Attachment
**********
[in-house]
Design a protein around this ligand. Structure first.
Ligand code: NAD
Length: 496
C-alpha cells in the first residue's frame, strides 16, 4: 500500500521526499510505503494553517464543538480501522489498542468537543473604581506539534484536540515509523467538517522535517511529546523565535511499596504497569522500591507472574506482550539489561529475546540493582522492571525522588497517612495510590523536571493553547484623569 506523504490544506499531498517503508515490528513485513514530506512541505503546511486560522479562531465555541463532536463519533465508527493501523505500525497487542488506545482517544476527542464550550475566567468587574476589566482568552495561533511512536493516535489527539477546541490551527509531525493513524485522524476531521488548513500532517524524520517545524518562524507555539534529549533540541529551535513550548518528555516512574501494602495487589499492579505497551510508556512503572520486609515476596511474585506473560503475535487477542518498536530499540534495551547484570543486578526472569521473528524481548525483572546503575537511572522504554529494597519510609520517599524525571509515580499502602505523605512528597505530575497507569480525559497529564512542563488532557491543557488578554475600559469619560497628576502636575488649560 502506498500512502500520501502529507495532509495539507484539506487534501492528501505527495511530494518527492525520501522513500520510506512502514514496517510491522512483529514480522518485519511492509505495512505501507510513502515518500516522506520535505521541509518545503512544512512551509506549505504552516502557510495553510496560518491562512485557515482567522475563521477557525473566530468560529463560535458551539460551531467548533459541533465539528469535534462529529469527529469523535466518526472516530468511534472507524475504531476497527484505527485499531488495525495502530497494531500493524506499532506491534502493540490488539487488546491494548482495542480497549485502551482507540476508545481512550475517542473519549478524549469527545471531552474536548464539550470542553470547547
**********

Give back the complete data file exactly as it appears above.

[in-house]
Design a protein around this ligand. Structure first.
Ligand code: NAD
Length: 496
C-alpha cells in the first residue's frame, strides 16, 4: 500500500521526499510505503494553517464543538480501522489498542468537543473604581506539534484536540515509523467538517522535517511529546523565535511499596504497569522500591507472574506482550539489561529475546540493582522492571525522588497517612495510590523536571493553547484623569 506523504490544506499531498517503508515490528513485513514530506512541505503546511486560522479562531465555541463532536463519533465508527493501523505500525497487542488506545482517544476527542464550550475566567468587574476589566482568552495561533511512536493516535489527539477546541490551527509531525493513524485522524476531521488548513500532517524524520517545524518562524507555539534529549533540541529551535513550548518528555516512574501494602495487589499492579505497551510508556512503572520486609515476596511474585506473560503475535487477542518498536530499540534495551547484570543486578526472569521473528524481548525483572546503575537511572522504554529494597519510609520517599524525571509515580499502602505523605512528597505530575497507569480525559497529564512542563488532557491543557488578554475600559469619560497628576502636575488649560 502506498500512502500520501502529507495532509495539507484539506487534501492528501505527495511530494518527492525520501522513500520510506512502514514496517510491522512483529514480522518485519511492509505495512505501507510513502515518500516522506520535505521541509518545503512544512512551509506549505504552516502557510495553510496560518491562512485557515482567522475563521477557525473566530468560529463560535458551539460551531467548533459541533465539528469535534462529529469527529469523535466518526472516530468511534472507524475504531476497527484505527485499531488495525495502530497494531500493524506499532506491534502493540490488539487488546491494548482495542480497549485502551482507540476508545481512550475517542473519549478524549469527545471531552474536548464539550470542553470547547